The ACLU’s National Legal Director David Cole similarly said that the “tweaked” order “violates the establishment cause in the same way that the initial ban violated the establishment clause — that is it… disfavors one particular religion.” He continued:
The claim is that it’s protecting our national security. When the initial ban was put out, the nation’s national security establishment called that claim into question: George Bush’s head of the NSA and the CIA condemned the ban as exactly the wrong way to go about it. It plays into ISIS’s hands, reinforcing the storyline of the United States versus Islam. Trump’s own DHS has released two reports in the last week-and-a-half, both of which conclude that targeting these countries for a ban on entry is not a proper national security measure.
He notes that an ACLU lawsuit from Brooklyn led to the “first order blocking the ban.” He said they’re expecting to return to court with new complaints reflecting the new order, saying, “for the same reason that the initial executive order violates the Establishment clause, this one does too.”
Bernie Sanders released a statement on his website, echoing that racist policy like this only works against national security:
Let’s call it what it is. This ban is a racist and anti-Islamic attempt to divide us up. A president who respected our traditions of religious freedom would not have resorted to hateful, anti-Islamic rhetoric to justify a ban on travel from six mostly Muslim countries. Even the Department of Homeland Security has said that citizenship is not a factor in terrorist threats. This isn’t about keeping America safe. A president responsible for keeping our citizens safe would not hand over ideological ammunition to terrorists seeking new recruits to kill Americans.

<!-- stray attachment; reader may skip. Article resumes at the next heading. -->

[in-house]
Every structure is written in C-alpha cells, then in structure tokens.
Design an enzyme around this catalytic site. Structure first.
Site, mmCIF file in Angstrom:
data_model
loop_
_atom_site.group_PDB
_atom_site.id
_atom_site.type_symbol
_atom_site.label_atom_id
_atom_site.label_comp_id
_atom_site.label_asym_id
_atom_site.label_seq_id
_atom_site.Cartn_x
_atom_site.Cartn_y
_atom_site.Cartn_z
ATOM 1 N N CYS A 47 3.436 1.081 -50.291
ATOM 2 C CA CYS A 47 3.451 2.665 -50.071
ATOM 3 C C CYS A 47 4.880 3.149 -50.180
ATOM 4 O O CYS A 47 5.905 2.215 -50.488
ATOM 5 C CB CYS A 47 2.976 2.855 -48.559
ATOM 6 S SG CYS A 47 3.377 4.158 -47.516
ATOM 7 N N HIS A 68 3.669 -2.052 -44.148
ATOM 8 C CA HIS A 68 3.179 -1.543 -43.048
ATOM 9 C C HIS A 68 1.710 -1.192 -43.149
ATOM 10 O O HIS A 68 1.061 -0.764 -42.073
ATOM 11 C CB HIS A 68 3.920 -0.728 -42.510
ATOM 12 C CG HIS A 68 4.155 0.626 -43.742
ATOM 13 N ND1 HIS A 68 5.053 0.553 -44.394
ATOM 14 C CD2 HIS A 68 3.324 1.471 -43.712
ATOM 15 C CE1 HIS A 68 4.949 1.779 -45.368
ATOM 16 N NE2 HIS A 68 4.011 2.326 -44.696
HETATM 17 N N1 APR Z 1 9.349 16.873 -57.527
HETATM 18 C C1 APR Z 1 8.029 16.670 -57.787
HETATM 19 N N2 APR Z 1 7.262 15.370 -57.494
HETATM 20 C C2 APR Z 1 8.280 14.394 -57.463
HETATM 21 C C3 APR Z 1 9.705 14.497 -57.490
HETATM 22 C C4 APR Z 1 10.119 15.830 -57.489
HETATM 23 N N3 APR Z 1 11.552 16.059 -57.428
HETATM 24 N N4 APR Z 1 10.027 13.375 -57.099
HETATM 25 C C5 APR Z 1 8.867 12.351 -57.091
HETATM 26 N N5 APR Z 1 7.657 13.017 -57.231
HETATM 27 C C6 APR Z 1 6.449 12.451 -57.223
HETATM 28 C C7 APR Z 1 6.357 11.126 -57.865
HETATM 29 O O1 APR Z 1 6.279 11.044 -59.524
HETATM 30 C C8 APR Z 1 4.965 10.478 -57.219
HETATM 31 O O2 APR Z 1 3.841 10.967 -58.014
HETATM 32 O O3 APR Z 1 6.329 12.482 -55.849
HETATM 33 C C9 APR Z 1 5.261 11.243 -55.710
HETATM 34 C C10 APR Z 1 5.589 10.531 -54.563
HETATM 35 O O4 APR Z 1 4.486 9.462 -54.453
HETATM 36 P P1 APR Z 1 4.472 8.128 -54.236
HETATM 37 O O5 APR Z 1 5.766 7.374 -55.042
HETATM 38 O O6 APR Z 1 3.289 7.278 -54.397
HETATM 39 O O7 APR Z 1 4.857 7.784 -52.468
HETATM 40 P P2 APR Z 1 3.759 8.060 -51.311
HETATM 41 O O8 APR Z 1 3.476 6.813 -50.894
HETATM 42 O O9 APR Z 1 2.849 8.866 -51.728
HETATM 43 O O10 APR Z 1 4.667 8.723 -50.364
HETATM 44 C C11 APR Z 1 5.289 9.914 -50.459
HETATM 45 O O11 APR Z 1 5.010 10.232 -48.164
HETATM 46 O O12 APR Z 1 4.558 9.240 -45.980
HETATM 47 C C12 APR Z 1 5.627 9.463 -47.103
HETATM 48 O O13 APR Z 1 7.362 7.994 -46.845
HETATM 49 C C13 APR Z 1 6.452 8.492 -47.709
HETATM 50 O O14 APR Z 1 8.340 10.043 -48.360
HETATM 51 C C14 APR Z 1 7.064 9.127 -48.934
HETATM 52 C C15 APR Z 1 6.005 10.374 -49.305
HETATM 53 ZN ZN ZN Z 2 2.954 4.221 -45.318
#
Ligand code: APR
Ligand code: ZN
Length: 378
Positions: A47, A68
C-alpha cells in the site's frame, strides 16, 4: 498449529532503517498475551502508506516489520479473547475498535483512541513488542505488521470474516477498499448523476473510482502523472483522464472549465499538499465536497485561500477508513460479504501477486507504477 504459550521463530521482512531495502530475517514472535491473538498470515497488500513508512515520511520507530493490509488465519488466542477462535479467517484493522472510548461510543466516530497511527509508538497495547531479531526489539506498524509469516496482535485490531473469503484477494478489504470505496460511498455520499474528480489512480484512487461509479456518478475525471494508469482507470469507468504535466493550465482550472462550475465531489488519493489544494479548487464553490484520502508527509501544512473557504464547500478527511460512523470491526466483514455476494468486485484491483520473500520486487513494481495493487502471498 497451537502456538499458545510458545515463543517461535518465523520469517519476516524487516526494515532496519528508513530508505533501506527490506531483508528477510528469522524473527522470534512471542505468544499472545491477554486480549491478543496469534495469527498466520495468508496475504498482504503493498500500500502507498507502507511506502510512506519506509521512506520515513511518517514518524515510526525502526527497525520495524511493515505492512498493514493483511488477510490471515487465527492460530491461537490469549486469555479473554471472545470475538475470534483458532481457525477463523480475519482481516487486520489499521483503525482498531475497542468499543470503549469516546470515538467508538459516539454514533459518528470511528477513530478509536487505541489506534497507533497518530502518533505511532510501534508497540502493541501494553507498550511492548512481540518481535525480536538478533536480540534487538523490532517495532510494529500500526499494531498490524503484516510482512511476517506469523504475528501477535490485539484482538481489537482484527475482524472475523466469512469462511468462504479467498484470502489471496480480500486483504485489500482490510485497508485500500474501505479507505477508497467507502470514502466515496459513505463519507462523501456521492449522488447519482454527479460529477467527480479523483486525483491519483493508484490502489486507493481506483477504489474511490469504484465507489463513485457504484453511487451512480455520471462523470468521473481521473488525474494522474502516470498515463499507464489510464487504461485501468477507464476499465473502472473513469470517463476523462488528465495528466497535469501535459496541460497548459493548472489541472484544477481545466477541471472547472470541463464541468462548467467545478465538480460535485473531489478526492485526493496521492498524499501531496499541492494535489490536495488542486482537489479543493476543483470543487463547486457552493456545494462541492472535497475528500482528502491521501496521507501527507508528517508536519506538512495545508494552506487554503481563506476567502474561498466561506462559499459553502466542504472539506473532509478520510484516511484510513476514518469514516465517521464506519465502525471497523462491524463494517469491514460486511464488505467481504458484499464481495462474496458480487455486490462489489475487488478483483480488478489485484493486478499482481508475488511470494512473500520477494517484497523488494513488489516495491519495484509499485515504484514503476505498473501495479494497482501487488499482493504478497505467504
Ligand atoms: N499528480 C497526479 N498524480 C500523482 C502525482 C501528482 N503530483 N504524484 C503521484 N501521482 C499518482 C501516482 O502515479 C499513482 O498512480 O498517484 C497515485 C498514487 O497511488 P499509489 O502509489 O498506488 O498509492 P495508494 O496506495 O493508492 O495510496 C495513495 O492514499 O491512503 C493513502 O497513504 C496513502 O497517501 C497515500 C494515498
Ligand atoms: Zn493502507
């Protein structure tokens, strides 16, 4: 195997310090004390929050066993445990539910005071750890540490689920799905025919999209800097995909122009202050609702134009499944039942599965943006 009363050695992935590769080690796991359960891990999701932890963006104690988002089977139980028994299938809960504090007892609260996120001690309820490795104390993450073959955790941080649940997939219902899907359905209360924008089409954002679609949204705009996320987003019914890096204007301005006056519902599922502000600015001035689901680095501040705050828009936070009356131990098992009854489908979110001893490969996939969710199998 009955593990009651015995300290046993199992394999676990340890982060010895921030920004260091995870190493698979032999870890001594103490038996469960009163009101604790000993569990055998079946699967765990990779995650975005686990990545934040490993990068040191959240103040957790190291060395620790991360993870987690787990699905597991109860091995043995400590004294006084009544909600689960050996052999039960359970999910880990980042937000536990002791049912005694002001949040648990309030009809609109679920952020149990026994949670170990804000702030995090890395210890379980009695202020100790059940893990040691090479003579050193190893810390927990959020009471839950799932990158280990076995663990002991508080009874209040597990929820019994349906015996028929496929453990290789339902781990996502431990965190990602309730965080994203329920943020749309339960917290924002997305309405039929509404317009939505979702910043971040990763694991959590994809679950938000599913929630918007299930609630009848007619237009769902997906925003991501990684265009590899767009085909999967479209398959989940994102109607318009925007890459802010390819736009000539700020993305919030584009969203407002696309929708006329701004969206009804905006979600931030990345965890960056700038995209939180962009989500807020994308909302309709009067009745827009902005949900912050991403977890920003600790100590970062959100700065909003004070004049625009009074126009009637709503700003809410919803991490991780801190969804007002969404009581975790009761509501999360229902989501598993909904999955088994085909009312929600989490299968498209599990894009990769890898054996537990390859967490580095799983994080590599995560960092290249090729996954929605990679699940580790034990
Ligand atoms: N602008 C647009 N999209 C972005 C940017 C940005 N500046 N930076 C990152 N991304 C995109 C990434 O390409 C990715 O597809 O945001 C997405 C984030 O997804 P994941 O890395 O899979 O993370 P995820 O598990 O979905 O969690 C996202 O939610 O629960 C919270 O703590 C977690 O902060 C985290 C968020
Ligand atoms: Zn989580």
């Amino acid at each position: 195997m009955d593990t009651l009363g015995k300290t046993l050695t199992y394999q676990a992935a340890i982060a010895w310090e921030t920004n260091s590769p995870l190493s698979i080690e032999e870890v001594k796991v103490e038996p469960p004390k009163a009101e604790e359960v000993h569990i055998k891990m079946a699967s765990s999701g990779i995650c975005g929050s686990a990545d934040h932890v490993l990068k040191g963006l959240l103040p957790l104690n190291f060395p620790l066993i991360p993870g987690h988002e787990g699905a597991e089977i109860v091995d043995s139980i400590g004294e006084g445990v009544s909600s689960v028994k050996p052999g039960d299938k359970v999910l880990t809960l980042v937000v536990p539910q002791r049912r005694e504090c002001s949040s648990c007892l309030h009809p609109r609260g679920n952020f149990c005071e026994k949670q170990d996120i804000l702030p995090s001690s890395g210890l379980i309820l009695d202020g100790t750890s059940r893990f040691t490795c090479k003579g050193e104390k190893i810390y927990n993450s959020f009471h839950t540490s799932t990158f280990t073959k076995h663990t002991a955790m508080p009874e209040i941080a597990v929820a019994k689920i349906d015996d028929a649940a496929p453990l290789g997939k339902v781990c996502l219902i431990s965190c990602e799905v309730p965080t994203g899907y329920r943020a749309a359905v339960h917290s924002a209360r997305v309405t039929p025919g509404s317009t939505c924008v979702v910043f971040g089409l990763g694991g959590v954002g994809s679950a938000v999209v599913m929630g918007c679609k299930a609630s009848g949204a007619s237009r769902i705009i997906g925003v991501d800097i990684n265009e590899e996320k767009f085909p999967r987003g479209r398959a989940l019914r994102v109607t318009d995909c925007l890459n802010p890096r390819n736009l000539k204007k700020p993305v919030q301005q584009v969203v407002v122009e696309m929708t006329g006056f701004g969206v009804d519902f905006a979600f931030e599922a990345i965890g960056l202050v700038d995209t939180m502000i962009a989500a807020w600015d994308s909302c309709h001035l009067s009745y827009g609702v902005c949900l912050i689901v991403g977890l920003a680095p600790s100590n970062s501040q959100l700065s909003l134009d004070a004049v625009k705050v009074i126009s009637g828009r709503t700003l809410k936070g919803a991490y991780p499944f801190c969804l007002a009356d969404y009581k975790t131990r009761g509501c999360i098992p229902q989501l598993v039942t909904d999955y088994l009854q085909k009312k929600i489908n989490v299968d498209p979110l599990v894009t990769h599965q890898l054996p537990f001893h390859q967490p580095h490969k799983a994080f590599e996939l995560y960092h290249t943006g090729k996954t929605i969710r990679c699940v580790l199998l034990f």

What can you do?
CAIR, the Council on American-Islamic Relations, has announced that it will be holding a news conference today (at 3:30 p.m. Eastern Standard Time) to address the “Muslim Ban 2.0” order, with a live stream on their Facebook page. CAIR National Litigation Director Lena F. Masri said in a statement:
As Trump administration officials have stated, this ‘Muslim Ban 2.0’ – which has been debunked by the Department of Homeland Security appears to be merely a retooled order aimed at the same long-stated goal of banning Muslims from entering the United States.
CAIR says that at the news conference, they’ll be officially launching a new platform called “Register Me First” (#RegisterMeFirst), which “will provide an opportunity for anyone who wants to oppose the Muslim ban, any future Muslim registry or other unconstitutional actions by the Trump administration to join the broader movement challenging those unjust policies”; that’d be a good place to look first for ideas on opposition to the new ban. (Donate here.)
The International Rescue Committee — a leading refugee resettlement nonprofit — is another organization immediately speaking out against this new policy, noting that the executive order is “narrowed to exclude the most vetted, most vulnerable;” they’re another group to donate to if you have the funds, and to follow for guidance on how to help.